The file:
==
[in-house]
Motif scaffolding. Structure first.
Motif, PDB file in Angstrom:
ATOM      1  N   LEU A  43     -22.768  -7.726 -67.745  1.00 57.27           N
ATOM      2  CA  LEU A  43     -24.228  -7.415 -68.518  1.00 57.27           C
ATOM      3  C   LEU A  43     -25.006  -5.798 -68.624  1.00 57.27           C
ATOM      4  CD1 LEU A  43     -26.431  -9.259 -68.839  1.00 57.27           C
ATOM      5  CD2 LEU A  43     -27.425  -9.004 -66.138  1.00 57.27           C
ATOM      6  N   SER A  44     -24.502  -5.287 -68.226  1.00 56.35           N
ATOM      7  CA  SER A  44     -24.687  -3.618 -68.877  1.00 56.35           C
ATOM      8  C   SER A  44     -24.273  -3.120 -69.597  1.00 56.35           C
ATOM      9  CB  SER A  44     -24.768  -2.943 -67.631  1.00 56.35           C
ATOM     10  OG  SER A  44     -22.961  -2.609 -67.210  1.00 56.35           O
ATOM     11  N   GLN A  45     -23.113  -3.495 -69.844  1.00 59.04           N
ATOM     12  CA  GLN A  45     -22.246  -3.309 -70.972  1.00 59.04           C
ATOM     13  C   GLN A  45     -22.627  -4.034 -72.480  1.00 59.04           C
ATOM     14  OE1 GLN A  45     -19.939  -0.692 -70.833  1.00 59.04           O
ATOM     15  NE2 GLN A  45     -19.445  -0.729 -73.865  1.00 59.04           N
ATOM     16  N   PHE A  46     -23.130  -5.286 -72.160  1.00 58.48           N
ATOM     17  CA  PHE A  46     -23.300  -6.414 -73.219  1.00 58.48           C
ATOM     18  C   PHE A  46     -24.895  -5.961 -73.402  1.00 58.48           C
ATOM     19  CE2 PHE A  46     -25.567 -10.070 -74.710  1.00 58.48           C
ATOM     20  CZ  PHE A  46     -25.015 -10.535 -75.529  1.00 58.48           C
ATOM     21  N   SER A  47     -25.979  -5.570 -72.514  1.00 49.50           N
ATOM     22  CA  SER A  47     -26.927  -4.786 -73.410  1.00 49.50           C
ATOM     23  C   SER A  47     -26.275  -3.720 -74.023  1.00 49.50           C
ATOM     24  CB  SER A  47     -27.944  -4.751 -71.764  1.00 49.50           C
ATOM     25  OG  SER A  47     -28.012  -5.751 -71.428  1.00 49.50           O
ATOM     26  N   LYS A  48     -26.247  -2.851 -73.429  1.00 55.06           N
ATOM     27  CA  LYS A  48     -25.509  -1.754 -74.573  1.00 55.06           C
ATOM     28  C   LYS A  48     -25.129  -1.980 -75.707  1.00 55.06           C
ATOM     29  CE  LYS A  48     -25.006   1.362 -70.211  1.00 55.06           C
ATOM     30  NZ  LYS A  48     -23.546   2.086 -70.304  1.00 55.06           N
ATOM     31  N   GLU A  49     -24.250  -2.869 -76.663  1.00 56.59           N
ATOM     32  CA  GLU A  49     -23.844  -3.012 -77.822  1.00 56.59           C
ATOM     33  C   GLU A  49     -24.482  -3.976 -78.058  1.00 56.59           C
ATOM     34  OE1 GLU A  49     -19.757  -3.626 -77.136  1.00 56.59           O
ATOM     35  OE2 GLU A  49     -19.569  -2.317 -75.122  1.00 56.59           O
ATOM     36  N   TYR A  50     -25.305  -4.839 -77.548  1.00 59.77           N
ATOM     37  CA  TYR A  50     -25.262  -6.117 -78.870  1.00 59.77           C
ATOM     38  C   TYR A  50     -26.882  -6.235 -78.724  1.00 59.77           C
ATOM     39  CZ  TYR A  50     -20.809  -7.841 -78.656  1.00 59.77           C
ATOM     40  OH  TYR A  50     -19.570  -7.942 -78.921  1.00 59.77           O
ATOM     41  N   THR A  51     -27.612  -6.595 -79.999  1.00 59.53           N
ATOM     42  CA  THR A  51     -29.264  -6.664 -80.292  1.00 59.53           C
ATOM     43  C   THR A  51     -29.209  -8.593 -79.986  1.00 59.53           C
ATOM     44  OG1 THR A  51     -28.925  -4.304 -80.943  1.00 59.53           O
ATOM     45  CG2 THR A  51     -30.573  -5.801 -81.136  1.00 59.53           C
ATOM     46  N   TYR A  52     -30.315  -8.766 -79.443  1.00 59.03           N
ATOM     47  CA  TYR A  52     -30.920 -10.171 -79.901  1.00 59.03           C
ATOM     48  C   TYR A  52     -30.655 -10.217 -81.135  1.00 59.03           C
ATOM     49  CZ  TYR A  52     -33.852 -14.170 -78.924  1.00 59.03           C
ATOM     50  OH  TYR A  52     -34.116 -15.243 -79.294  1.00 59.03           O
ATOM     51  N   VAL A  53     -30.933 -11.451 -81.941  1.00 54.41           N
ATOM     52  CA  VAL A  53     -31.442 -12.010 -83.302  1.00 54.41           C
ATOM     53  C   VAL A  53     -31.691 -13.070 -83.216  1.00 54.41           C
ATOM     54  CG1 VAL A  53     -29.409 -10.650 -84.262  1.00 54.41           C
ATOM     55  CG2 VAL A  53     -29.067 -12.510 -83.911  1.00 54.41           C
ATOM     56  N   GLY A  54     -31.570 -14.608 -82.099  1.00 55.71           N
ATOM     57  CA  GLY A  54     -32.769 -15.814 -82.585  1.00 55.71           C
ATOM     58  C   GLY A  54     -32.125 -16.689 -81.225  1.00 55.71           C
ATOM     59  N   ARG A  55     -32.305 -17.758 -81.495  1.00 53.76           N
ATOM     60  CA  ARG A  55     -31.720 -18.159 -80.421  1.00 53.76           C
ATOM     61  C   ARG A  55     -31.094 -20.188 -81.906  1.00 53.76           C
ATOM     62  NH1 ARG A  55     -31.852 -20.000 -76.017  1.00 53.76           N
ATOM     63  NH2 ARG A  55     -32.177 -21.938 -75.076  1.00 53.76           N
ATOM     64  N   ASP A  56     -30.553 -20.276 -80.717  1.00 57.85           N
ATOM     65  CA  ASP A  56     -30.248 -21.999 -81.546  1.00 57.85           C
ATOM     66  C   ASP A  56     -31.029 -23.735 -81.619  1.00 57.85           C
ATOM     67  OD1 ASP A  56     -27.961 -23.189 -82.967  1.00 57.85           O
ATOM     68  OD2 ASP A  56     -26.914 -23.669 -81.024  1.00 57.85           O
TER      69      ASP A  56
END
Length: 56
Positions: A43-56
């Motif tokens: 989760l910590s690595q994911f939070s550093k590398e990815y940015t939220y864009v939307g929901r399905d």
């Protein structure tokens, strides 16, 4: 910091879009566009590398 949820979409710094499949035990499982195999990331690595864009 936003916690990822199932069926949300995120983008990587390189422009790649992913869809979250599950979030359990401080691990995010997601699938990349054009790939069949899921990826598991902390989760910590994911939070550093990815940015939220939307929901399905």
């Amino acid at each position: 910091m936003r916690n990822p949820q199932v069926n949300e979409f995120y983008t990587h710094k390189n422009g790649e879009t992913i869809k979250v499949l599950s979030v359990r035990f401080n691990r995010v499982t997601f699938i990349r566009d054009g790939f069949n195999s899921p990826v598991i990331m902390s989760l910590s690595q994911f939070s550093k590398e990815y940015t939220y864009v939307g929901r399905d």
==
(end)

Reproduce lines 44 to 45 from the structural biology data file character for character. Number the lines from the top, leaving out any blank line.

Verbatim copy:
ATOM     41  N   THR A  51     -27.612  -6.595 -79.999  1.00 59.53           N
ATOM     42  CA  THR A  51     -29.264  -6.664 -80.292  1.00 59.53           C